Starter fertilizer - is is necessary

Discussion in 'Organic Lawn Care' started by dtally, Sep 9, 2008.

  1. dtally

    dtally LawnSite Member
    Male, from Rock Hill, SC
    Posts: 82

    I am just wondering how may of you actually us a granular starter fertilizer. Really what is the benefit? CT seems to me like it would do the job, maybe even better. This maybe an explosive question, but as I was driving around today seeing customers and giving estimates, the question just came to mind. I felt who better to answer this question, than this information packed group.
     
  2. treegal1

    treegal1 LawnSite Gold Member
    Posts: 3,911

    all i hear is worm casts and some compost.....................
     
  3. dtally

    dtally LawnSite Member
    Male, from Rock Hill, SC
    Posts: 82

    What about alfalfa meal, what's your take on it for a nitrogen source
     
  4. treegal1

    treegal1 LawnSite Gold Member
    Posts: 3,911

    N for a new seedling??? thats not what i want in my bag.......
     
  5. treegal1

    treegal1 LawnSite Gold Member
    Posts: 3,911

    let me get this strait for one second, I will speculate some so correct me if I am wrong, the old sod died or went bad? so the new seed is going to live in a place that would not support mature grass??? lets skip over a few steps just for the sake of time. bad lawn, needs new seeds, fixed soil and tested, adjusted as needed, added seeds, seeds grew well in good soil................. help me out because we are going to plant a heap of grass at the farm(to be cut and resold as sod) and I dont want to get this wrong. the way i see starter fert is you are tying to fix a situation after the fact, maybe I am wrong, but it seems like the soil should be fixed and working BEFORE the seed hits the ground.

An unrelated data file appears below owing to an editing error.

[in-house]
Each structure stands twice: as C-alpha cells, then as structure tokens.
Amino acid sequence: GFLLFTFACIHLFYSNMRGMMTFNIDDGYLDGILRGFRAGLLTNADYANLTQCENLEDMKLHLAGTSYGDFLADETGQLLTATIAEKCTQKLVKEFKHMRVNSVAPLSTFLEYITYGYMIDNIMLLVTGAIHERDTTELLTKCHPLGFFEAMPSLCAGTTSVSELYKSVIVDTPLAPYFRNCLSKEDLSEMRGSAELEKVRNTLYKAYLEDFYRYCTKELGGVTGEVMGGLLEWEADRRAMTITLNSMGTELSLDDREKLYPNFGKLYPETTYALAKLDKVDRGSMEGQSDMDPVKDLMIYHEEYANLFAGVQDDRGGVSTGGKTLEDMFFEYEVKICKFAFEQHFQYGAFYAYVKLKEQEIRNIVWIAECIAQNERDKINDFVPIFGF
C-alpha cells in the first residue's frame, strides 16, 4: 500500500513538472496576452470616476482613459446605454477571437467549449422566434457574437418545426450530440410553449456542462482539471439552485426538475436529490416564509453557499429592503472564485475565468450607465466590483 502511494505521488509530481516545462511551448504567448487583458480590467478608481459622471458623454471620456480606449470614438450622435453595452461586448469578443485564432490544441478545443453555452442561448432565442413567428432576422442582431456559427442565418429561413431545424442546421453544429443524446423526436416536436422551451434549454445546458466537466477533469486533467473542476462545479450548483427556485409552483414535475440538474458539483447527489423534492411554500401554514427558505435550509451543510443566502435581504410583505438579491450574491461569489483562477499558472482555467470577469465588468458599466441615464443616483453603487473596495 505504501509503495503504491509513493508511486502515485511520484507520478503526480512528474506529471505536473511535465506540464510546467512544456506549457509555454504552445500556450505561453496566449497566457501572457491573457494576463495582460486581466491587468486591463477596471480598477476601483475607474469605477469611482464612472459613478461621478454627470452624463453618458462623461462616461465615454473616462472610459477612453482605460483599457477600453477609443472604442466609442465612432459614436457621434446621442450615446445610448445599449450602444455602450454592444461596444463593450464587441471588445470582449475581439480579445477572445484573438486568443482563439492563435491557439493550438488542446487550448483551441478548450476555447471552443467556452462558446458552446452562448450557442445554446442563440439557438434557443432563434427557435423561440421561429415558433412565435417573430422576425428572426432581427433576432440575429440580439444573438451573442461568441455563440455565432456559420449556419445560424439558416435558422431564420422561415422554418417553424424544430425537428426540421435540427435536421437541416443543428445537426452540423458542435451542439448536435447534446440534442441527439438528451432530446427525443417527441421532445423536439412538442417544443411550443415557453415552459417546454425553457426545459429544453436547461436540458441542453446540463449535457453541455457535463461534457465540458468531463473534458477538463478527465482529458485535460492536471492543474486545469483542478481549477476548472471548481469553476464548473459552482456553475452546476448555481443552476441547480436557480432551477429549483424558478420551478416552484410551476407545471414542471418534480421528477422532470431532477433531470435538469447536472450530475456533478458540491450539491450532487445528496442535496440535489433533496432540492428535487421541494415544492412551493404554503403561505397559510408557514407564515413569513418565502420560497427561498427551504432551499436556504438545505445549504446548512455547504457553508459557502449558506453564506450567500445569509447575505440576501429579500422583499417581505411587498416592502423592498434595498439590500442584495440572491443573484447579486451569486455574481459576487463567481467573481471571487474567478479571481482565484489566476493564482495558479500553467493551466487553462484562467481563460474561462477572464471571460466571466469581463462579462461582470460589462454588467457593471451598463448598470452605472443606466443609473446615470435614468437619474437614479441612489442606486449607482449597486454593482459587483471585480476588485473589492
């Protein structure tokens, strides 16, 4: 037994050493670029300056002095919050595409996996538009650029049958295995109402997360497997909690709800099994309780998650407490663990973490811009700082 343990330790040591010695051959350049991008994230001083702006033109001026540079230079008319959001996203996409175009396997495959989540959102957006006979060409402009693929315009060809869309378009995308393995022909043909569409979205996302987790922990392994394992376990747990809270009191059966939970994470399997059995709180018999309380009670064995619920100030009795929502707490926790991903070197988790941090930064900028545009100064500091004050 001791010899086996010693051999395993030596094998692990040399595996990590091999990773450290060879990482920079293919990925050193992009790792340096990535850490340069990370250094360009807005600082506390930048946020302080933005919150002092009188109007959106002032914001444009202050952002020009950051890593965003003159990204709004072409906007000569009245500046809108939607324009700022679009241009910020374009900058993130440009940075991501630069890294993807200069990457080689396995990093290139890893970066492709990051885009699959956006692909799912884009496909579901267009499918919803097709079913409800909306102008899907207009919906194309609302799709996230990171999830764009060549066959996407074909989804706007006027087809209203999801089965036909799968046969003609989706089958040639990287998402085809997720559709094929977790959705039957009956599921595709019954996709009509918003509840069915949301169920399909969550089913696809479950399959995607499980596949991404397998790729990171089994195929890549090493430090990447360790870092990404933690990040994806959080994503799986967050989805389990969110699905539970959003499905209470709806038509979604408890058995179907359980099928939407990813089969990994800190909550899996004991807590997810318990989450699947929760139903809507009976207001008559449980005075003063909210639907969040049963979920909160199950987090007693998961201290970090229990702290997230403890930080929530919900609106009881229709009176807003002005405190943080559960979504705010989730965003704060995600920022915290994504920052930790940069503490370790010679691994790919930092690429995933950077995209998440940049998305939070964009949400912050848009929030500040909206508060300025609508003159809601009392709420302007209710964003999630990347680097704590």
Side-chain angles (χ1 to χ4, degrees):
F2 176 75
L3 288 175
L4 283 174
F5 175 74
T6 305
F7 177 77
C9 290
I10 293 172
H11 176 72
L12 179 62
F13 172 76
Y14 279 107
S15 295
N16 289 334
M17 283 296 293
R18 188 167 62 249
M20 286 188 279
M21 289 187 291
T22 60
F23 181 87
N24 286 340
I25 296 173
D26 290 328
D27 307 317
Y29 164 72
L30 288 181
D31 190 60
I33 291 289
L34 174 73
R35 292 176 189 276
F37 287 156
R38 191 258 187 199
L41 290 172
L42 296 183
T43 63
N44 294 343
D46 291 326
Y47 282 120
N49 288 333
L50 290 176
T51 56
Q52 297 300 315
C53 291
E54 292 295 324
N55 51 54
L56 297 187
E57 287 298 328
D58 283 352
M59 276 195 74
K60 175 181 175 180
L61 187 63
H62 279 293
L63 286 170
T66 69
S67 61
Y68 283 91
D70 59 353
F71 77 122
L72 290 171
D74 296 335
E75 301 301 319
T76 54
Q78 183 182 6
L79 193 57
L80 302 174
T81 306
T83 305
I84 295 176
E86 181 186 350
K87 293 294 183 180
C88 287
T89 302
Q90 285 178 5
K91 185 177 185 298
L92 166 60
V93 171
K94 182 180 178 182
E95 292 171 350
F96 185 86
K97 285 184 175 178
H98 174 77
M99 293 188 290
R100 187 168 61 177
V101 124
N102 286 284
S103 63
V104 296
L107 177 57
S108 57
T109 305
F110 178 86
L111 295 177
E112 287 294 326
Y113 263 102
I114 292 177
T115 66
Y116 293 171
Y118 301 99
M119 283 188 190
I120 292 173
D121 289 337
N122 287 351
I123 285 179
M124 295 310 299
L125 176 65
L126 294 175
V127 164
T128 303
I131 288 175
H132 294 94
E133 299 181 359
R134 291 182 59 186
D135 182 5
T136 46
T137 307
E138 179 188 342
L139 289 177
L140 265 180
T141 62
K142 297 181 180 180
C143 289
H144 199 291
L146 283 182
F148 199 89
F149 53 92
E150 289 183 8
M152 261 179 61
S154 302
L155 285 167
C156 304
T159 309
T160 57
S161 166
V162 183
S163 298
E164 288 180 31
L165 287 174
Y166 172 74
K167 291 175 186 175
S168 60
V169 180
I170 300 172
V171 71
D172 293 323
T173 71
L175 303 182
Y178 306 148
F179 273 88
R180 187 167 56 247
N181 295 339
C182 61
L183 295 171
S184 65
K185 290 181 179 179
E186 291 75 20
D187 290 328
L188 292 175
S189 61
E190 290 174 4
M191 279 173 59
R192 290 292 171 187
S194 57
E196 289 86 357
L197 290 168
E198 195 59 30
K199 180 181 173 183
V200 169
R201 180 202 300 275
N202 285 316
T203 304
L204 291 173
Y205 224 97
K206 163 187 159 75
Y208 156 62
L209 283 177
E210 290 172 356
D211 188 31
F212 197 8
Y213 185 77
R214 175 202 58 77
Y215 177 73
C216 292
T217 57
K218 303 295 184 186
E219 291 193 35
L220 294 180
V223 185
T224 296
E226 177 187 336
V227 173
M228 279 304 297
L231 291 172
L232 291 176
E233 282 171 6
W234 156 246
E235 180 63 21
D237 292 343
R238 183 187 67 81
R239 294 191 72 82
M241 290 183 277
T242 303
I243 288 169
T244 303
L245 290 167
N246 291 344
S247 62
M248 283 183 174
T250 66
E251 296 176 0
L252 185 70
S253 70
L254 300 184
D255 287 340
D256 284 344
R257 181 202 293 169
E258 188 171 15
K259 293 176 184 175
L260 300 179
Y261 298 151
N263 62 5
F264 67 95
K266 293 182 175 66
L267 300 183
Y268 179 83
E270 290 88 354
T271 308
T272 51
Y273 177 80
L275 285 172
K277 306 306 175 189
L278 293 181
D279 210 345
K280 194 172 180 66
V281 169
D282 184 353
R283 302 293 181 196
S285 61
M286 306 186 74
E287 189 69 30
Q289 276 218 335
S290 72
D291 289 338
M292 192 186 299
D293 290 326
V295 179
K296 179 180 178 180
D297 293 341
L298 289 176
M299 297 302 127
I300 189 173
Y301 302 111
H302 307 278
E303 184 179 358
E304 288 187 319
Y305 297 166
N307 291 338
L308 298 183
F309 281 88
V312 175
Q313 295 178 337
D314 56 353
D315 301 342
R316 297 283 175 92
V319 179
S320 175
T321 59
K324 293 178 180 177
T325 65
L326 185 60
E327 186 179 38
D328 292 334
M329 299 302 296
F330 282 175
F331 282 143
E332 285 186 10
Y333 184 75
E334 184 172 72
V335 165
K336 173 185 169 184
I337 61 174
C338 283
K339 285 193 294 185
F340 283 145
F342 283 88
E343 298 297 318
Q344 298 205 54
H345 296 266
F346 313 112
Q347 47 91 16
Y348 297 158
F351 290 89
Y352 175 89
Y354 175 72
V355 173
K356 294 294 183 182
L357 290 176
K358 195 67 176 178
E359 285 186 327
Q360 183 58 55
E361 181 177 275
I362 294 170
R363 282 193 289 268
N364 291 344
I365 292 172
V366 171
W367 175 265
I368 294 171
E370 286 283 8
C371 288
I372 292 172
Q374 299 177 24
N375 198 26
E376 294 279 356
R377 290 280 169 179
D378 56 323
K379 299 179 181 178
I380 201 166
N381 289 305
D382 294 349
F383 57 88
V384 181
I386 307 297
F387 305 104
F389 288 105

6. dtally

    dtally LawnSite Member
    Male, from Rock Hill, SC
    Posts: 82

    Good point, we deal mainly with tall fescue, that normally needs some reseeding in the fall to correct for the summer die off. Fescue as you may know is a cool season grass and we are in the south. They call it the transition zone, I call it ... nothing is supposed to grow very well zone. It is a practice, I thought most every where, that when people reseed they put down a "starter fertilizer." I am just wondering why. I think it is over rated and just a sales gimmick to get people to buy fertilizer. Most people being (synthetic) lawn care operators, and some organic based companies as well.

    Driving around today with an idle mind, this just came to thought.
     
  7. growingdeeprootsorganicly

    growingdeeprootsorganicly LawnSite Senior Member
    Posts: 766

    starter fert a gimmick? not sure im following you, when you plant any seed there needs to be available nutrients present in some form, really important for poor soil synthetic systems and as tree points out in a organic system you need really nutrient rich soil conditions from cast and compost to meet it's needs, for turf grass seed the idea is to get the seed established as fast as possible ,